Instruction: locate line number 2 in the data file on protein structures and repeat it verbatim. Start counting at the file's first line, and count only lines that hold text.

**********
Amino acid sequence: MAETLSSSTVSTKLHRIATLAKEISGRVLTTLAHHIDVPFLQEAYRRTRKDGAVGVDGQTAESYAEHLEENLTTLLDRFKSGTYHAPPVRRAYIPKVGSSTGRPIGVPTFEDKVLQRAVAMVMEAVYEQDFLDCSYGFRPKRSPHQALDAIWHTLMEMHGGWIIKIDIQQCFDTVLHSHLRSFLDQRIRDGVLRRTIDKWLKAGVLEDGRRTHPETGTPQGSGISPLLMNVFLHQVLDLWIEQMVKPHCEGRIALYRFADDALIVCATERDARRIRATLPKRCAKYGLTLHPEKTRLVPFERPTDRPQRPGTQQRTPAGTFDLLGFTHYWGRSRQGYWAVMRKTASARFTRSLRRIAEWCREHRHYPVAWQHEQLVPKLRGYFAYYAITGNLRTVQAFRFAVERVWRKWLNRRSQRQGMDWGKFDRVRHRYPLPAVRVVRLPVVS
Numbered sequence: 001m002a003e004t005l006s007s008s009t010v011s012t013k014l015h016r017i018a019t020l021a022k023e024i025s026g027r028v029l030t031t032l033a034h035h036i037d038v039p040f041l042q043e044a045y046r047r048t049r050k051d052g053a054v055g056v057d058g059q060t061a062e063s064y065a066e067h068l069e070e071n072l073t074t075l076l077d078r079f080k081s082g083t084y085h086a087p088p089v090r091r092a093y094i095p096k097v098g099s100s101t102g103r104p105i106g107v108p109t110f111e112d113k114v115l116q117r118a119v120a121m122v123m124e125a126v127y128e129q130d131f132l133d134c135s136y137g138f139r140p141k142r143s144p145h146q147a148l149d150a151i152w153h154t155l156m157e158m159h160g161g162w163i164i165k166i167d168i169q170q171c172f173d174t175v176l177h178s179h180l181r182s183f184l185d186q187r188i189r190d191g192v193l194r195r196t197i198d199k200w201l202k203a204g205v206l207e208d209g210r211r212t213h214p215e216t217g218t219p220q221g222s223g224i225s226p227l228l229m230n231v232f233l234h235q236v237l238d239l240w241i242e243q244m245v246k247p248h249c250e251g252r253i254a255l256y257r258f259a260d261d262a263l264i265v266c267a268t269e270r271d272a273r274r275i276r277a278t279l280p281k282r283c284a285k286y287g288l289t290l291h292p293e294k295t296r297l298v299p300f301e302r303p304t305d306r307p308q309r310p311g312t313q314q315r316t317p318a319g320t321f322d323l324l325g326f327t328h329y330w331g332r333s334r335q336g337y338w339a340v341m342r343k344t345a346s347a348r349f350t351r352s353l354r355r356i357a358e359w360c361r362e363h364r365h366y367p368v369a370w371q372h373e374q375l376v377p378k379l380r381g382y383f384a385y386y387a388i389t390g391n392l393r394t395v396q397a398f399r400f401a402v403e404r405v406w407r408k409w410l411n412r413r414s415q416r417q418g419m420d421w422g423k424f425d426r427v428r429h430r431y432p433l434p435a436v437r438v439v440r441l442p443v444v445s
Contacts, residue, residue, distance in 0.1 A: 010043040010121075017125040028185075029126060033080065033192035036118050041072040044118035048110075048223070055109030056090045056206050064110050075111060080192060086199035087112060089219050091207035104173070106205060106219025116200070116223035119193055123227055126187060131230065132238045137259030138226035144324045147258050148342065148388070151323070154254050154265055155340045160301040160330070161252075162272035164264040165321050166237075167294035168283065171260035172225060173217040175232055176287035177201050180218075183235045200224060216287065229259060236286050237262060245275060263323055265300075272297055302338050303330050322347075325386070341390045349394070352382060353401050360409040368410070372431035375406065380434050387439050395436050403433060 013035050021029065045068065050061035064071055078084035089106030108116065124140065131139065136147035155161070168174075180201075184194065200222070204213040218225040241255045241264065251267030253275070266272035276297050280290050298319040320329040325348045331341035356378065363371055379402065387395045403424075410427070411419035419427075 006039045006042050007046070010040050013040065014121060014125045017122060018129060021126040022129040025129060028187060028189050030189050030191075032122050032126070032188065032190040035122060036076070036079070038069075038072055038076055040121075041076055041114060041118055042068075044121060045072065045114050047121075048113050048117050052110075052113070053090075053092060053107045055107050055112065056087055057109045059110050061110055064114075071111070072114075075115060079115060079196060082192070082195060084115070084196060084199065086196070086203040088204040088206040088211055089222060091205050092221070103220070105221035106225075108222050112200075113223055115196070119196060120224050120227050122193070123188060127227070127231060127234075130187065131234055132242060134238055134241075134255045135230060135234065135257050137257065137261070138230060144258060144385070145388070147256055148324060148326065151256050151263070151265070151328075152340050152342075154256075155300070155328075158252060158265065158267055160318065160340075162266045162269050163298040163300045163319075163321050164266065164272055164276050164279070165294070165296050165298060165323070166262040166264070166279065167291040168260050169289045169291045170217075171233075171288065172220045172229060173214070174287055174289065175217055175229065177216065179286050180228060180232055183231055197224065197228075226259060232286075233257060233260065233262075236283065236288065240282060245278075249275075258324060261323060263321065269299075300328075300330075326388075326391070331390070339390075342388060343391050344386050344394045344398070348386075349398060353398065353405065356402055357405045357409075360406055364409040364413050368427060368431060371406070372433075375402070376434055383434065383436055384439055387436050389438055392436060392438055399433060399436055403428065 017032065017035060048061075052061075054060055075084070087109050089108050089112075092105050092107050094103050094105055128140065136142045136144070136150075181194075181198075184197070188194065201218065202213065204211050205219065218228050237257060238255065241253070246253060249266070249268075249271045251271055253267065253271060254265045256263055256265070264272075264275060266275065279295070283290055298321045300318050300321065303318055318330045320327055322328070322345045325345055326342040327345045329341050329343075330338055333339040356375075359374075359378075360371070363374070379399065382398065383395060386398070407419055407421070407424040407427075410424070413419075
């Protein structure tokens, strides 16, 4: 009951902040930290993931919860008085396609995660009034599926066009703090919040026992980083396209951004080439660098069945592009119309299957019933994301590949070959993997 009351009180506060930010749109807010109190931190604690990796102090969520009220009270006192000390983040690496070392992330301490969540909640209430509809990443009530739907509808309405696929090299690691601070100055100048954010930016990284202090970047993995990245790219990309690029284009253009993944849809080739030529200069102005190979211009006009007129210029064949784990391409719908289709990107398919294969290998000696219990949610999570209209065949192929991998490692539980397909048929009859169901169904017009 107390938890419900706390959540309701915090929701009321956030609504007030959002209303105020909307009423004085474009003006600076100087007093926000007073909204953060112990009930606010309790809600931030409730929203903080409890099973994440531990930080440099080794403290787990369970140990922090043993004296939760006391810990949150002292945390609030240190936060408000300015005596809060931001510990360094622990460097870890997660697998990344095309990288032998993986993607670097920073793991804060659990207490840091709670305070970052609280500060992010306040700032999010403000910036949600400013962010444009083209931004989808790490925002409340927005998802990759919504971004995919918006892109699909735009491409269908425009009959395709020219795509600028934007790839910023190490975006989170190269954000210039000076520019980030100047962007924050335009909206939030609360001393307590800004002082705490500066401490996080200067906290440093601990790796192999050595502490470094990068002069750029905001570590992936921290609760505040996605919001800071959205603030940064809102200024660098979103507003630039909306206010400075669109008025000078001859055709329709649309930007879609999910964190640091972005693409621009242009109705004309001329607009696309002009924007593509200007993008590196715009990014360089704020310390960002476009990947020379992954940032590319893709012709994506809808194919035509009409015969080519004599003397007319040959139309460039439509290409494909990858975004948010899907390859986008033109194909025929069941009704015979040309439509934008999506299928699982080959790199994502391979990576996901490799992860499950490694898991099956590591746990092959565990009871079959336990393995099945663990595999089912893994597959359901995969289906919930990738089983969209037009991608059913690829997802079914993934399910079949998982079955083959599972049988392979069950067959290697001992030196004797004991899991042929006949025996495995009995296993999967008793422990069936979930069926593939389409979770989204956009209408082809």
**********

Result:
Numbered sequence: 001m002a003e004t005l006s007s008s009t010v011s012t013k014l015h016r017i018a019t020l021a022k023e024i025s026g027r028v029l030t031t032l033a034h035h036i037d038v039p040f041l042q043e044a045y046r047r048t049r050k051d052g053a054v055g056v057d058g059q060t061a062e063s064y065a066e067h068l069e070e071n072l073t074t075l076l077d078r079f080k081s082g083t084y085h086a087p088p089v090r091r092a093y094i095p096k097v098g099s100s101t102g103r104p105i106g107v108p109t110f111e112d113k114v115l116q117r118a119v120a121m122v123m124e125a126v127y128e129q130d131f132l133d134c135s136y137g138f139r140p141k142r143s144p145h146q147a148l149d150a151i152w153h154t155l156m157e158m159h160g161g162w163i164i165k166i167d168i169q170q171c172f173d174t175v176l177h178s179h180l181r182s183f184l185d186q187r188i189r190d191g192v193l194r195r196t197i198d199k200w201l202k203a204g205v206l207e208d209g210r211r212t213h214p215e216t217g218t219p220q221g222s223g224i225s226p227l228l229m230n231v232f233l234h235q236v237l238d239l240w241i242e243q244m245v246k247p248h249c250e251g252r253i254a255l256y257r258f259a260d261d262a263l264i265v266c267a268t269e270r271d272a273r274r275i276r277a278t279l280p281k282r283c284a285k286y287g288l289t290l291h292p293e294k295t296r297l298v299p300f301e302r303p304t305d306r307p308q309r310p311g312t313q314q315r316t317p318a319g320t321f322d323l324l325g326f327t328h329y330w331g332r333s334r335q336g337y338w339a340v341m342r343k344t345a346s347a348r349f350t351r352s353l354r355r356i357a358e359w360c361r362e363h364r365h366y367p368v369a370w371q372h373e374q375l376v377p378k379l380r381g382y383f384a385y386y387a388i389t390g391n392l393r394t395v396q397a398f399r400f401a402v403e404r405v406w407r408k409w410l411n412r413r414s415q416r417q418g419m420d421w422g423k424f425d426r427v428r429h430r431y432p433l434p435a436v437r438v439v440r441l442p443v444v445s